A few years later I returned to House Rock Valley.  This time was specifically to cover the buffalo, and unfortunately, it was hunting season.  The herd’s numbers are maintained, and only a handful of permits are issued each year.  These buffalo know when it’s hunting season, and become scarce.  Rising from the valley at about a 45 degree angle, the Kaibab Plateau has some twisting, sheer walled canyons.  The buffalo traverse these canyons like bighorn sheep, and the hunters can’t follow. I met with the manager of the ranch, and he was full of information about these animals.  One story he relayed was about the animals’ ability to leave no trace.  There are no reliable water sources here, so they have placed water tanks about in several spots.  In hunting season, the buffalo will enter from one side, then step on a rock or clump of grass, get their drink, walk around to the other side of the tank, all the while being selective as to where they step, and not leave a track within ten feet.  Is it any wonder these animals were so revered by Native Americans?

WPC: Magic

When I shot with a film camera, I always used the slowest, finest grained film.  I would mostly shoot in the early or late parts of the day, and when moving water was the subject, this meant getting a blurred, dream-like effect.  I always thought this was a magical look to the waterfalls or streams.

I’ve been to many national parks and other special places in the country, but there’s one place that has always stood out.  In the Havasupai Indian Reservation in the western part of the Grand Canyon, you will hike a canyon that is similar to the others in the region, but once you come to the first of many waterfalls, this canyon takes on a magical feeling.

For this week’s Daily Post Challenge of Magic, waterfalls in Havasu Canyon.

WPC: Mirror

This week’s Daily Post Challenge theme is Mirror, and as with many bloggers, I have photos of calm bodies of water. Who can resist pointing the camera towards nature’s reflections?  Those weren’t the only ones I came across, and I realized I have more of these than I initially thought I would.  Here are some of my favorites.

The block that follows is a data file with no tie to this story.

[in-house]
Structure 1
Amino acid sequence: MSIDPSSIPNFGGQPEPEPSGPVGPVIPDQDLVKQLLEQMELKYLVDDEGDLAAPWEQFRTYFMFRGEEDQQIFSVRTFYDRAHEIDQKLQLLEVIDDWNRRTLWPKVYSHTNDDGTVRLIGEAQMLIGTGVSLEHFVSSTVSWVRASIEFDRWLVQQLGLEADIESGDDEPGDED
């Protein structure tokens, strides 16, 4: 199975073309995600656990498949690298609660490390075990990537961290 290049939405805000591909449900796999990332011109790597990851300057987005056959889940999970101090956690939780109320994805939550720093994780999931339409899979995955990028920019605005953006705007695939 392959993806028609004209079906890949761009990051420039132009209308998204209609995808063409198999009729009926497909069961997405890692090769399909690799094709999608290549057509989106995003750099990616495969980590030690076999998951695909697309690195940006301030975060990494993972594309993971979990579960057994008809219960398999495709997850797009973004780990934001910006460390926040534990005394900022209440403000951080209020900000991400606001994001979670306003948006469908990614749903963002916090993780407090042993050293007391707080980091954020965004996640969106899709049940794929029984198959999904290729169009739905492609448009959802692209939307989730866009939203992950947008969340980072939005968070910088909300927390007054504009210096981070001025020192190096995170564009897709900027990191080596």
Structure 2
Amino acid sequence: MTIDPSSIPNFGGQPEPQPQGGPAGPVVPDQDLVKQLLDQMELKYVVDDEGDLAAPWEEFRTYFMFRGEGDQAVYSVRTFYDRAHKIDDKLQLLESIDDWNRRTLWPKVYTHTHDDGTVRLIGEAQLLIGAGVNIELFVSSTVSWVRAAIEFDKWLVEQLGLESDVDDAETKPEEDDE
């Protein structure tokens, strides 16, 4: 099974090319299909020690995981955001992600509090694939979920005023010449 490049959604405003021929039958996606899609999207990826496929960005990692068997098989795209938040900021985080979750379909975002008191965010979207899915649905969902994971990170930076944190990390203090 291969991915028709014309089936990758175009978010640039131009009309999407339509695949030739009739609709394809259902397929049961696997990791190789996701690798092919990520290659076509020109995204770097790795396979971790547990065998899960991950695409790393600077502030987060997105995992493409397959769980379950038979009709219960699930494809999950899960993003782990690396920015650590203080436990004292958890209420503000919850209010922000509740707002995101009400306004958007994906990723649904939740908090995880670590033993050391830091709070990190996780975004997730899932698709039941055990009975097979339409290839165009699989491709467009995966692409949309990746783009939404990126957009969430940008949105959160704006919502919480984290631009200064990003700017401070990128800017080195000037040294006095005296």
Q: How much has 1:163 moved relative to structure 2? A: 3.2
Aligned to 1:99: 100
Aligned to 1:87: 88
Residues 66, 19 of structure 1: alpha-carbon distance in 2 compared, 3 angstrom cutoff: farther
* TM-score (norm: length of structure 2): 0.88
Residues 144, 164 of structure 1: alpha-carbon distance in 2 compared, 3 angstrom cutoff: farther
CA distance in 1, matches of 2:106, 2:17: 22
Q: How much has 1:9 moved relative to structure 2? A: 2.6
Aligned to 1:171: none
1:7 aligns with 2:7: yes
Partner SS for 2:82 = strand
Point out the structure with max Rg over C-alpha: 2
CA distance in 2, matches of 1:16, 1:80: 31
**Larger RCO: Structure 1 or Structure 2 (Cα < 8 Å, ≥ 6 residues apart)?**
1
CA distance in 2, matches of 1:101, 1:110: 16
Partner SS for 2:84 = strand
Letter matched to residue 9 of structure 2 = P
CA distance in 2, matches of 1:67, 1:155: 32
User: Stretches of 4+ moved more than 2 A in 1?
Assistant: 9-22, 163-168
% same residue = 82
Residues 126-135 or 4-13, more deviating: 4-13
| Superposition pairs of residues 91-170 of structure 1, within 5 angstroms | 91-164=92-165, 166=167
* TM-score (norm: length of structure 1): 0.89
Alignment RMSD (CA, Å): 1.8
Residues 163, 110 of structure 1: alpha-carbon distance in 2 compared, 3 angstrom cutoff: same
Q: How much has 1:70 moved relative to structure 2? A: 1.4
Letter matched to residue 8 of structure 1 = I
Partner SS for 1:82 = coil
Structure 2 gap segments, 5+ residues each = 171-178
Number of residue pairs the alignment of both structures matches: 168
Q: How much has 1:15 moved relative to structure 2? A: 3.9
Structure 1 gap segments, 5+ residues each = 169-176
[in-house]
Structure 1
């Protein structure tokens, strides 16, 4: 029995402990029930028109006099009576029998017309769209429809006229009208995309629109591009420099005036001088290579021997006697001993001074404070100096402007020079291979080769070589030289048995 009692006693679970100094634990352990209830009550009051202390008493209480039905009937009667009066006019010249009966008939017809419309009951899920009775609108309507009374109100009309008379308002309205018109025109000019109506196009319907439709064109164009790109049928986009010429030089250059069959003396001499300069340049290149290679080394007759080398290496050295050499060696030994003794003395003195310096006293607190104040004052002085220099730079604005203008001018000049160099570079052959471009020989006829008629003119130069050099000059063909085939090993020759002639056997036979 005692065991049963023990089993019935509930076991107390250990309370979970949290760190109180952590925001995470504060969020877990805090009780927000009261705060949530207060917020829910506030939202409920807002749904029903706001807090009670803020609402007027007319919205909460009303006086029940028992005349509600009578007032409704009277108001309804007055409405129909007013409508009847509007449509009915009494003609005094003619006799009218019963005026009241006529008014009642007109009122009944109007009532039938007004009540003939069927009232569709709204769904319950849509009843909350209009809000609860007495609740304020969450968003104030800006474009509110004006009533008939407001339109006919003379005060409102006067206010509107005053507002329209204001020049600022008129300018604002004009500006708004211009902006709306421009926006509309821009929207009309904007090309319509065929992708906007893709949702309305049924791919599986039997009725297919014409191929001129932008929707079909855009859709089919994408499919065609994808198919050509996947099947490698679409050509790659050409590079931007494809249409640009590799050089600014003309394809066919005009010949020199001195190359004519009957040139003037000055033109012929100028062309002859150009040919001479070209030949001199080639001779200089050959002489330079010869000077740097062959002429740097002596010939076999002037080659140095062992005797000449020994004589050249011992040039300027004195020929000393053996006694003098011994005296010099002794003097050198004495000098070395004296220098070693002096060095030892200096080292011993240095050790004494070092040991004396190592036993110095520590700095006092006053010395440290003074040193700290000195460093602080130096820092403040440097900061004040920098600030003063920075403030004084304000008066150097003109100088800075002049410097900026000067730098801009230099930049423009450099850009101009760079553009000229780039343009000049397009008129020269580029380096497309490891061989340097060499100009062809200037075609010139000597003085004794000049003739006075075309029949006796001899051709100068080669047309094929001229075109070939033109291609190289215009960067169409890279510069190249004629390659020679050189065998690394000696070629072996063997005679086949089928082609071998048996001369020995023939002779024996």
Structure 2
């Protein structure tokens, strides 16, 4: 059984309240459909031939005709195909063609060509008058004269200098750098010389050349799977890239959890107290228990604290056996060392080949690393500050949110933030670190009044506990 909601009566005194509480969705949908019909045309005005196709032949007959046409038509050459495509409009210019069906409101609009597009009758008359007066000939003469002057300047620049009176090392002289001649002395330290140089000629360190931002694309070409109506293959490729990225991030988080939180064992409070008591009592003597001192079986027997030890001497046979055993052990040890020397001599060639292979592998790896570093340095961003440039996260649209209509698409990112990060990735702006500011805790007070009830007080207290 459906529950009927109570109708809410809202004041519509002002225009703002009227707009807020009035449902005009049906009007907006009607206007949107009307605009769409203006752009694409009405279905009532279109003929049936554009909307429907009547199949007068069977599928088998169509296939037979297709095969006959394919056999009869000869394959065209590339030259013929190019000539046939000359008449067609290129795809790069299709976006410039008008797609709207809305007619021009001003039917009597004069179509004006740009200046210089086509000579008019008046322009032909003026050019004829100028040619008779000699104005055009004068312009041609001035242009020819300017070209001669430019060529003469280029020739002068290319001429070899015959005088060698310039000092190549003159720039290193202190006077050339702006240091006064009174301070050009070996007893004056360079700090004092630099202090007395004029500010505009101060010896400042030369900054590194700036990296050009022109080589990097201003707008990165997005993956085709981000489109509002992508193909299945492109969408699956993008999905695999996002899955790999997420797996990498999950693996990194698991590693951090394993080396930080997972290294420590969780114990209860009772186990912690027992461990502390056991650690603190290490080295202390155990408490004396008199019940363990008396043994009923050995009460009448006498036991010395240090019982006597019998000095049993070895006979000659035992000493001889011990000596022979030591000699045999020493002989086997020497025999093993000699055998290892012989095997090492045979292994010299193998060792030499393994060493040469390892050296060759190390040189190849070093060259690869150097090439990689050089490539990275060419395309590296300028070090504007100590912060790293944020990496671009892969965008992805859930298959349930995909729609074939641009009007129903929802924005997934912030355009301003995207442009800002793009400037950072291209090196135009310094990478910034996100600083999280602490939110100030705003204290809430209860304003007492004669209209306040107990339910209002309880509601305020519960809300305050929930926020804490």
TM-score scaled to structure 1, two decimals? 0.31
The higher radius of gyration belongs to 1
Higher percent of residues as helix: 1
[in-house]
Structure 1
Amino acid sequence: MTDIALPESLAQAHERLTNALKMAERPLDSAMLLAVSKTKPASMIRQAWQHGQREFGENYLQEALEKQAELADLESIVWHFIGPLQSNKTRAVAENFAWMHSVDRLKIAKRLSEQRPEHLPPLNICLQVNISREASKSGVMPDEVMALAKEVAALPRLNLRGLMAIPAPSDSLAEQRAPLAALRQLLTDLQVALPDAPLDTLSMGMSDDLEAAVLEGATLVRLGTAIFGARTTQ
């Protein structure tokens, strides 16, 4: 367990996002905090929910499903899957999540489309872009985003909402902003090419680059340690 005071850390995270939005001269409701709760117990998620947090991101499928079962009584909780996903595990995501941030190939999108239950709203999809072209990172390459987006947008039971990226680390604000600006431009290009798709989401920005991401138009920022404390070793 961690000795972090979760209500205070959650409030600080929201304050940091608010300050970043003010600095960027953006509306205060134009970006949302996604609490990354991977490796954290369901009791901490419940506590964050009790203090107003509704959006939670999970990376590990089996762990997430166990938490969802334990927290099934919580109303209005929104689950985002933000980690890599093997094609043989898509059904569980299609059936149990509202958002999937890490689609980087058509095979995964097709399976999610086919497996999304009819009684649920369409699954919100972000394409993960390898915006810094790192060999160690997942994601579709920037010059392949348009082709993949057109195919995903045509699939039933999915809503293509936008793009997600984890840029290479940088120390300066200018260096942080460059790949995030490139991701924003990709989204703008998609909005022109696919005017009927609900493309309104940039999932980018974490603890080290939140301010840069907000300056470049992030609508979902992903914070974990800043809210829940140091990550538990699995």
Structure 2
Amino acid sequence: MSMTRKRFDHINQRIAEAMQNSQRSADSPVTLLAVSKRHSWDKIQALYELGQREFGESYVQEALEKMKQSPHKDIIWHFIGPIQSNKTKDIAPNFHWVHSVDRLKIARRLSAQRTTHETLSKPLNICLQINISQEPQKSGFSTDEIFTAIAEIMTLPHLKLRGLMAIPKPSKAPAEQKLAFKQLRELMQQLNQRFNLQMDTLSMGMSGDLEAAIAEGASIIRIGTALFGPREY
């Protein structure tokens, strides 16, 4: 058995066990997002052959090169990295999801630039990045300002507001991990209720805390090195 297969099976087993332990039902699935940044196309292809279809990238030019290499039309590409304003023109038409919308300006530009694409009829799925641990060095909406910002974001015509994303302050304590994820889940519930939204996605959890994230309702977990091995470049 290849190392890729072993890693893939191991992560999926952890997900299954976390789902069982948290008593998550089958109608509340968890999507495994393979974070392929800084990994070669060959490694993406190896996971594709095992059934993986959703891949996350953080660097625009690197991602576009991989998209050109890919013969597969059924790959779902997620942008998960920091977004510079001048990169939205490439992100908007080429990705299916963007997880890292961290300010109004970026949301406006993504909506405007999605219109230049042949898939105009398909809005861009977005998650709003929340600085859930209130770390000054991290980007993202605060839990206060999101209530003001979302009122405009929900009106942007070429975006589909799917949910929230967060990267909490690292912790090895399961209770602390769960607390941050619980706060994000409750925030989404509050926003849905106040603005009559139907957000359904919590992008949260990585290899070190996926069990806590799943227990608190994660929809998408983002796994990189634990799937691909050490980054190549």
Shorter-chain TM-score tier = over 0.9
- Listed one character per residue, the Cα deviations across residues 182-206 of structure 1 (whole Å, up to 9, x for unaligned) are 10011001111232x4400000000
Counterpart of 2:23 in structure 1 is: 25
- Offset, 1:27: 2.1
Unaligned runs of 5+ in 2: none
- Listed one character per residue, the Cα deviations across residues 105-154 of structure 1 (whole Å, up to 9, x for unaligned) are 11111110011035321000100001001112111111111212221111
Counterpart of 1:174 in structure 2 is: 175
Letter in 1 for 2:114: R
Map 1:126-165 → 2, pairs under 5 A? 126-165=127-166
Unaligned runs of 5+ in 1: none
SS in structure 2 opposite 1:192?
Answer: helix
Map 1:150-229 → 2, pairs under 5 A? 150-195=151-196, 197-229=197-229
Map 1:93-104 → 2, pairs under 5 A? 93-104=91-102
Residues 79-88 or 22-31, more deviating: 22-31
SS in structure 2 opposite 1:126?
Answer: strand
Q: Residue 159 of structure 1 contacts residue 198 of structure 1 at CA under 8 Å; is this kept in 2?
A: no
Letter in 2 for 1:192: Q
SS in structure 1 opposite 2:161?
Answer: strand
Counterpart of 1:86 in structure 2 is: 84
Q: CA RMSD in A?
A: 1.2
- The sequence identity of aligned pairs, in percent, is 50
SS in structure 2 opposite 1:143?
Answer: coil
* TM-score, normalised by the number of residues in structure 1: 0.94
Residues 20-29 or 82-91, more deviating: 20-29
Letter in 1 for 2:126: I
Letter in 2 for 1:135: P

I usually had my camera along with the dogs out for an excursion, and in these shots, I noticed some reflections.

In modern buildings, the glass surfaces almost always offer a mirrored image, and here are a couple favorites from Calgary, Alberta.

With that much volume of water in motion, large rivers seem like an unlikely place to find a mirrored surface. Despite that, early morning on the Colorado River in Marble Canyon in Grand Canyon, Arizona can look like this.

Colorado River reflections in Marble Canyon, Grand Canyon National Park - Steve Bruno - gottatakemorepix

In my backyard (relatively speaking), I have a couple spots I enjoy hiking in Red Rock Canyon, where I came across these mirrored surfaces.

One of my favorite places that I’ve ever hiked, West Clear Creek in Arizona, usually has a breeze moving through the canyon.  Early mornings can be very calm, and pools can be glasslike.

Mountain lakes with reflections appear to have proliferated my files without me being aware of it.  Here are some in that category.

One image that always made me look twice was this one from Coyote Buttes.  There is no water or reflection here, but I felt like the illusion was there.

Coyote Buttes, The Wave - Steve Bruno - gottatakemorepix